UNITED STATES: Salesian Students Tour Long Beach Memorial Medical Center to Enhance Their Classroom Studies
(MissionNewswire) Students taking part in a Biomedical Pathway program at the Salesian-run St. John Bosco High School in Long Beach, California recently had the opportunity to tour the biomedical engineering department of the Long Beach Memorial Medical Center. On the tour, students were given a behind-the-scenes look into how biomedical engineers keep track of and repair machines used to care for patients.
The tour included visits to various stations in the biomedical engineering workshop at the medical center where engineers explained how the equipment works and how technology is helping doctors and nurses provide the best care for their patients. They also shared with the students what it takes to be a good biomedical engineer: a fascination with the creation of tools that help promote peoples’ health.
The high school students also visited the medical center’s clinical simulation laboratory where they were introduced to patient simulators capable of presenting hundreds of medical conditions in realistic scenarios. The lab is used by medical students to build upon their schooling by developing practical hands-on skills. The Biomedical Pathway program at St. John Bosco gives high school students exposure to many of the major concepts behind human medicine with the goal of inspiring them to pursue higher education and a career in health care.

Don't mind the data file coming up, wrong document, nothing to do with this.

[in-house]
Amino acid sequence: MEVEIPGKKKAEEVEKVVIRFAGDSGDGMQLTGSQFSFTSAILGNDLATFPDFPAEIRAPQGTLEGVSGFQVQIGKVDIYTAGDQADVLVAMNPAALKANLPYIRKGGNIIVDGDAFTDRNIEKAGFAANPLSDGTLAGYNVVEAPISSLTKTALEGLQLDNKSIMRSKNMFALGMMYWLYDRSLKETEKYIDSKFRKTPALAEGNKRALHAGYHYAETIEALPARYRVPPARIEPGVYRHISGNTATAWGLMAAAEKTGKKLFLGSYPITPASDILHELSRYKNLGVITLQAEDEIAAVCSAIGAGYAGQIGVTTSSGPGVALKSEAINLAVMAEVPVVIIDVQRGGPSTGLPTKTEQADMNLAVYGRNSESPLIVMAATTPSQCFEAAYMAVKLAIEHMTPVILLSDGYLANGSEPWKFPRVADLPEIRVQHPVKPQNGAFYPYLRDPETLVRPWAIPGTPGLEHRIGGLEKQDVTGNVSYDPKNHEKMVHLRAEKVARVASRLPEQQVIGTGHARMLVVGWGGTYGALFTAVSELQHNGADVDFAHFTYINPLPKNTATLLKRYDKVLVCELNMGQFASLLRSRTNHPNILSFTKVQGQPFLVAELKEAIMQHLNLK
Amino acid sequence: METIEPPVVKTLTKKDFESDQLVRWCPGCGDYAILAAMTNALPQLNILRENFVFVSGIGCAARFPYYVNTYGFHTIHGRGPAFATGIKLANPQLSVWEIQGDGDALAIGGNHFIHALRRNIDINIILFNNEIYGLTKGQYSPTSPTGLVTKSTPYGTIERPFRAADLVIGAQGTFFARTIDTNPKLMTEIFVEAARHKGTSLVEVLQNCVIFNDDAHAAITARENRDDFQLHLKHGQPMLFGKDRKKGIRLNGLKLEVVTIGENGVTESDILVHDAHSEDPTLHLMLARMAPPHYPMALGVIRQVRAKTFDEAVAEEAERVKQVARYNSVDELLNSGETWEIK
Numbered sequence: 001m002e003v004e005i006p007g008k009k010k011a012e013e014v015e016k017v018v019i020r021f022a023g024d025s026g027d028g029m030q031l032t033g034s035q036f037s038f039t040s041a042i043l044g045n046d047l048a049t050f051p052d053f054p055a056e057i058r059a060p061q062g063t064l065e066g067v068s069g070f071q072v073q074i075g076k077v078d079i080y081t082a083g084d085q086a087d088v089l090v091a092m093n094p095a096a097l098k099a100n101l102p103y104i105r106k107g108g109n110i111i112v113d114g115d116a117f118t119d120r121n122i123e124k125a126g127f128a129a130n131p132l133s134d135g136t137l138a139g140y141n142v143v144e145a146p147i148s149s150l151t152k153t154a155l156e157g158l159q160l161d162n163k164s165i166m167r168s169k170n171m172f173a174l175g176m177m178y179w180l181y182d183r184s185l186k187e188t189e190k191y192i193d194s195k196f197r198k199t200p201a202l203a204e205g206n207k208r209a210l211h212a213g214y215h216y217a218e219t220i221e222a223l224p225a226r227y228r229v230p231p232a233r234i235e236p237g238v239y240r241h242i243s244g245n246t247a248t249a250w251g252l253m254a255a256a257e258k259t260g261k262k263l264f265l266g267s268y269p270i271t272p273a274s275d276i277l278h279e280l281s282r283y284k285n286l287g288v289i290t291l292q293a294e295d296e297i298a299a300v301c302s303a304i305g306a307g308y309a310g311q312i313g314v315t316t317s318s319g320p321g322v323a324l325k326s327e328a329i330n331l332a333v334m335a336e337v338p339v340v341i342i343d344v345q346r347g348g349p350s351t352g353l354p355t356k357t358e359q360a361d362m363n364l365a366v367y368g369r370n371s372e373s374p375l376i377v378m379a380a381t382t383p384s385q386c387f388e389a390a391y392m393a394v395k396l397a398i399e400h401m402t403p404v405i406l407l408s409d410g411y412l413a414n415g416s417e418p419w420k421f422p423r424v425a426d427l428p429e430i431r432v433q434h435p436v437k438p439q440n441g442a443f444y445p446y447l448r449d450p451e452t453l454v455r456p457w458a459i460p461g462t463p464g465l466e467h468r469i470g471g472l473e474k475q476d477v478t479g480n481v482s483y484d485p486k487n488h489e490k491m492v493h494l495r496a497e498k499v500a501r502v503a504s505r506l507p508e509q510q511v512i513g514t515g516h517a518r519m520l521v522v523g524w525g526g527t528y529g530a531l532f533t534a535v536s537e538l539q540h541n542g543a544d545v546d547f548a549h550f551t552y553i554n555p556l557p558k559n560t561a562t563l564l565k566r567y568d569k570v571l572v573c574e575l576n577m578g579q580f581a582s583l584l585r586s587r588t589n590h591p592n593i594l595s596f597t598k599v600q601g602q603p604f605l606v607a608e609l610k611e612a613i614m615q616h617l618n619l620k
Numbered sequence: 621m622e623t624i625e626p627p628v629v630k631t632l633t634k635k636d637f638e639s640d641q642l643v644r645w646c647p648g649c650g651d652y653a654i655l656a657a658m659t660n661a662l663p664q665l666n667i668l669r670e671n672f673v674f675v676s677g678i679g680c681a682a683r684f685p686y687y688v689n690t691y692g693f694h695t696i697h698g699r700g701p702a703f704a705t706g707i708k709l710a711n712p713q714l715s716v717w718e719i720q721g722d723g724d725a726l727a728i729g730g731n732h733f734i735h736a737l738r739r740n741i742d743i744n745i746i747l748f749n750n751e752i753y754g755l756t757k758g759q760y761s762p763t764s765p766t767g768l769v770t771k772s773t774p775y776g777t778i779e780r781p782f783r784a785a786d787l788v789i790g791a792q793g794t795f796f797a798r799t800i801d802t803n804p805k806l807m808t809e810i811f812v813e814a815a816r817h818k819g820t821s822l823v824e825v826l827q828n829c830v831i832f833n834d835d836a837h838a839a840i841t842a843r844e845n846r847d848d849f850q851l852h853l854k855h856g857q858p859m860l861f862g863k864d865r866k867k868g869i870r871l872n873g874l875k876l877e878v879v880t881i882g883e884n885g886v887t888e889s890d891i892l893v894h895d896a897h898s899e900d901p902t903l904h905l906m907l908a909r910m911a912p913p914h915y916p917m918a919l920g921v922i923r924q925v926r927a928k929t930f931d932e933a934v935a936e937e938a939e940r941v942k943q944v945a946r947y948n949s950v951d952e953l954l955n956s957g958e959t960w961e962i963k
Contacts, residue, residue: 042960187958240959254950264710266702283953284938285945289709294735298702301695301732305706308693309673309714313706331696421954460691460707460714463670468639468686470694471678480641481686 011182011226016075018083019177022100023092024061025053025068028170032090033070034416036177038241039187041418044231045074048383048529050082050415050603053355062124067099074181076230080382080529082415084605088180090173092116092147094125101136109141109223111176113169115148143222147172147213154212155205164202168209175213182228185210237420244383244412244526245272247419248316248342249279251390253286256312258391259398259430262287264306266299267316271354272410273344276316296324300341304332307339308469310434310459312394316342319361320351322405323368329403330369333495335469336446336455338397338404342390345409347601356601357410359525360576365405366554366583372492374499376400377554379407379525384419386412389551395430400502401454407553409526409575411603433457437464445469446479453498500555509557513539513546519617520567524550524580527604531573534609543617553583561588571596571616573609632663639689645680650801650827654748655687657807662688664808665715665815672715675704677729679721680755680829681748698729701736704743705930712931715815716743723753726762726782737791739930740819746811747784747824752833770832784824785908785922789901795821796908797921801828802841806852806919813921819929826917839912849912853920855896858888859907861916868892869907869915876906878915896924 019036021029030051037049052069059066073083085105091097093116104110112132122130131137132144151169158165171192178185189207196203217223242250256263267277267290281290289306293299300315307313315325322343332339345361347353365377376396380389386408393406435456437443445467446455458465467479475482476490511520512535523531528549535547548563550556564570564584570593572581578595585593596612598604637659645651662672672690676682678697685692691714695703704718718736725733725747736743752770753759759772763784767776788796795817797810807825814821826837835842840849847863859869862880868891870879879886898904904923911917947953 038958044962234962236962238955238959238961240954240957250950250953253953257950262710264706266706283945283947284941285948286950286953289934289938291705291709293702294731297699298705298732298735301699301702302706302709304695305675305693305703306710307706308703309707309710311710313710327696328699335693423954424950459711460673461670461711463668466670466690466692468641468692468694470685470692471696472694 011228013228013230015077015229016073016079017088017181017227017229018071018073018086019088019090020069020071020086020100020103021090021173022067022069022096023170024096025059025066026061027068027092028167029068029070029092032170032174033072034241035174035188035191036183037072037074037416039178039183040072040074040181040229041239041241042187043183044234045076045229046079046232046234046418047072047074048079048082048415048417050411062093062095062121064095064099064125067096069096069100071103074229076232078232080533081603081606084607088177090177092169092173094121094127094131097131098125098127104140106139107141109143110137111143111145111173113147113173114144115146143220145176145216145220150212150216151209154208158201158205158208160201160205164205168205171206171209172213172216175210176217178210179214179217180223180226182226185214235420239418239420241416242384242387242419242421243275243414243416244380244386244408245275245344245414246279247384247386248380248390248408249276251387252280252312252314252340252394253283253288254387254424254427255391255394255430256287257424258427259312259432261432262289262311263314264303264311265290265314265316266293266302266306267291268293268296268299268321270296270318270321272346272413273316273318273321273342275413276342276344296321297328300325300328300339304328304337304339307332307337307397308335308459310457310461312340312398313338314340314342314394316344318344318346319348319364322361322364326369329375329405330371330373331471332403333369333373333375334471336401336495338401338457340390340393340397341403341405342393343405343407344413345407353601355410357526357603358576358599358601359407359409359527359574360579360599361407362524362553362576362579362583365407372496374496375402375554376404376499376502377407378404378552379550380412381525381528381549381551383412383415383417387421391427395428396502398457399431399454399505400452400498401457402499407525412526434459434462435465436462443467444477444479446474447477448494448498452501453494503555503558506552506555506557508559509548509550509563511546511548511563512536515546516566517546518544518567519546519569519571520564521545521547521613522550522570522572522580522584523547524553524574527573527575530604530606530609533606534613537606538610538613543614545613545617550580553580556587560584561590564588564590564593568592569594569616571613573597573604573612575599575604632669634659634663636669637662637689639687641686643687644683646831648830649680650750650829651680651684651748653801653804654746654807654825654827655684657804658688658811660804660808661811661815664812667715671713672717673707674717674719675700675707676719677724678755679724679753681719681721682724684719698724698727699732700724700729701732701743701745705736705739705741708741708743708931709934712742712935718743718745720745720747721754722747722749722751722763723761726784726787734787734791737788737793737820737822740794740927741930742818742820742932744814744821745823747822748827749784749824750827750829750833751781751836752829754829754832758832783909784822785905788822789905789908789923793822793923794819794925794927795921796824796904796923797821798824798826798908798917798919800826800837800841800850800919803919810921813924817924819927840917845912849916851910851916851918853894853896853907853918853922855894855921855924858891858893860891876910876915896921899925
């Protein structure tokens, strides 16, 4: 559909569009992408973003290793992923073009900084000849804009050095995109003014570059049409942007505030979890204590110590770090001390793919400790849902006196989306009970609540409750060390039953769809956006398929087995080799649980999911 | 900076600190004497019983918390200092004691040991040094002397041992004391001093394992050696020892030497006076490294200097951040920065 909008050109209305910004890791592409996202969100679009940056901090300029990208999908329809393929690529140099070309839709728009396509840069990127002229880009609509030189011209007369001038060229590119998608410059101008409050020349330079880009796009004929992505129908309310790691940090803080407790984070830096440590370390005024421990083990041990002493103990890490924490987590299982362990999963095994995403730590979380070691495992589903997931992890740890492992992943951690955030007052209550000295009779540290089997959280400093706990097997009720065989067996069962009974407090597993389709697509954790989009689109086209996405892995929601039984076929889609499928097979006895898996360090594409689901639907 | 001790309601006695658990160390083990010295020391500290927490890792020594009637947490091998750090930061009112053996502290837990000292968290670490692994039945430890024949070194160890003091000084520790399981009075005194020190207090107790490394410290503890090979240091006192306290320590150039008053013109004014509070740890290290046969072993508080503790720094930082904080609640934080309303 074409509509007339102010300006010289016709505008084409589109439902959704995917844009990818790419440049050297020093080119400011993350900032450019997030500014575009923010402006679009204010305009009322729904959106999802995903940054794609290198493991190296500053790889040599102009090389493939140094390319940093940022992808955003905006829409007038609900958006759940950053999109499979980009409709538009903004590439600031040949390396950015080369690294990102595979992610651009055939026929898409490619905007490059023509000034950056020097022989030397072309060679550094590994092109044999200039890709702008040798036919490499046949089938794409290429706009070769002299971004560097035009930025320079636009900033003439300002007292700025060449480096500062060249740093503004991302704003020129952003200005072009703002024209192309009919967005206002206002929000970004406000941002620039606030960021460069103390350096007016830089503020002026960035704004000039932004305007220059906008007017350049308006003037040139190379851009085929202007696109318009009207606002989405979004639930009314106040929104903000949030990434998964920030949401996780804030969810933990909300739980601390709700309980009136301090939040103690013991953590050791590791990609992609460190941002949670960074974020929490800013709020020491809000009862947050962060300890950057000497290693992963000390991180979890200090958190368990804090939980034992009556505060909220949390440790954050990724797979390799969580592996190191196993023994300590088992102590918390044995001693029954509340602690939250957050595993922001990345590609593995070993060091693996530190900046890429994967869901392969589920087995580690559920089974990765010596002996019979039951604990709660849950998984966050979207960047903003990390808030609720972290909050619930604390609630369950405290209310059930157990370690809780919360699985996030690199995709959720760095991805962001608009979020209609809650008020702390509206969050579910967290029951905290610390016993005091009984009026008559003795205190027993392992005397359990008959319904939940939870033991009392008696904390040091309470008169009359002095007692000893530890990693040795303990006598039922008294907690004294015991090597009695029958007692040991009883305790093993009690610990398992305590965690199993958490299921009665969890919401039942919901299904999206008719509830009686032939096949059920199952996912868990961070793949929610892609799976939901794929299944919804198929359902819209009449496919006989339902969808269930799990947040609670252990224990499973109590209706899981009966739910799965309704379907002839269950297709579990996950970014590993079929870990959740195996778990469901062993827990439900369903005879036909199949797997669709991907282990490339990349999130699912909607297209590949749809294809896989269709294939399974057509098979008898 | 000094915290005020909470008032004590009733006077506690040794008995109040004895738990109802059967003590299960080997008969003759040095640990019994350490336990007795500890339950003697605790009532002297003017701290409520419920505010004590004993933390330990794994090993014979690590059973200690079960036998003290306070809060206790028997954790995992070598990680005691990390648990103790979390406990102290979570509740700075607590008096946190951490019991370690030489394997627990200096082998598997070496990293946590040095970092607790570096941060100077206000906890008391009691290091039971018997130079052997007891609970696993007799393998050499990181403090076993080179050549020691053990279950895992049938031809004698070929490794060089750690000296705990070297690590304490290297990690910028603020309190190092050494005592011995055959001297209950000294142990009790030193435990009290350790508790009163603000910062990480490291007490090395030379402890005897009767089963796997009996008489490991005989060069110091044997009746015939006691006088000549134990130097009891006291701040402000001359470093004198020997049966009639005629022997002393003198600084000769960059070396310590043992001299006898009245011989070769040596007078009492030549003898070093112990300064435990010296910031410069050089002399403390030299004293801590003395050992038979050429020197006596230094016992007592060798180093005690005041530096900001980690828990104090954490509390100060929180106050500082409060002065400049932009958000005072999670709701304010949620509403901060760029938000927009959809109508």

“Biomedical Pathway students have an interest in health care and unique experiences like this where students can meet health care professionals and explore different careers in health care first-hand is invaluable,” says Robert Linares, biomedical pathway coordinator at St. John Bosco High School.
Throughout their four years at St. John Bosco High School, students are taught health and science technology, biomedical ethics, anatomy and physiology, cell and molecular biology and biochemical genetics as well as participate in field work and gain real world experience. Students conduct independent research, participate in medical simulations and attend lectures provided by physicians, research scientists and other health care professionals. Upon graduation, students have a solid knowledge base to build a future on.
Long Beach, the seventh largest city in California, has close to 18 percent of its population under the age of 18. According to U.S Census data, the city has a poverty rate of 22.8 percent which rises to 33 percent for youth under the age of 18. Access to education and hands-on learning opportunities is critical to prepare youth for advanced studies or the workforce.
“Working in more than 132 countries around the globe, Salesian missionaries have created a vast network of primary, secondary, vocational and technical schools serving poor youth,” says Father Mark Hyde, executive director of Salesian Missions, the U.S development arm of the Salesians of Don Bosco. “With a focus on education and workforce development, missionaries provide disadvantaged youth an education and valuable resources to help them find livable wage employment all with the goal of breaking the cycle of poverty and helping youth lead meaningful and productive lives.”
Census Data – Long Beach, CA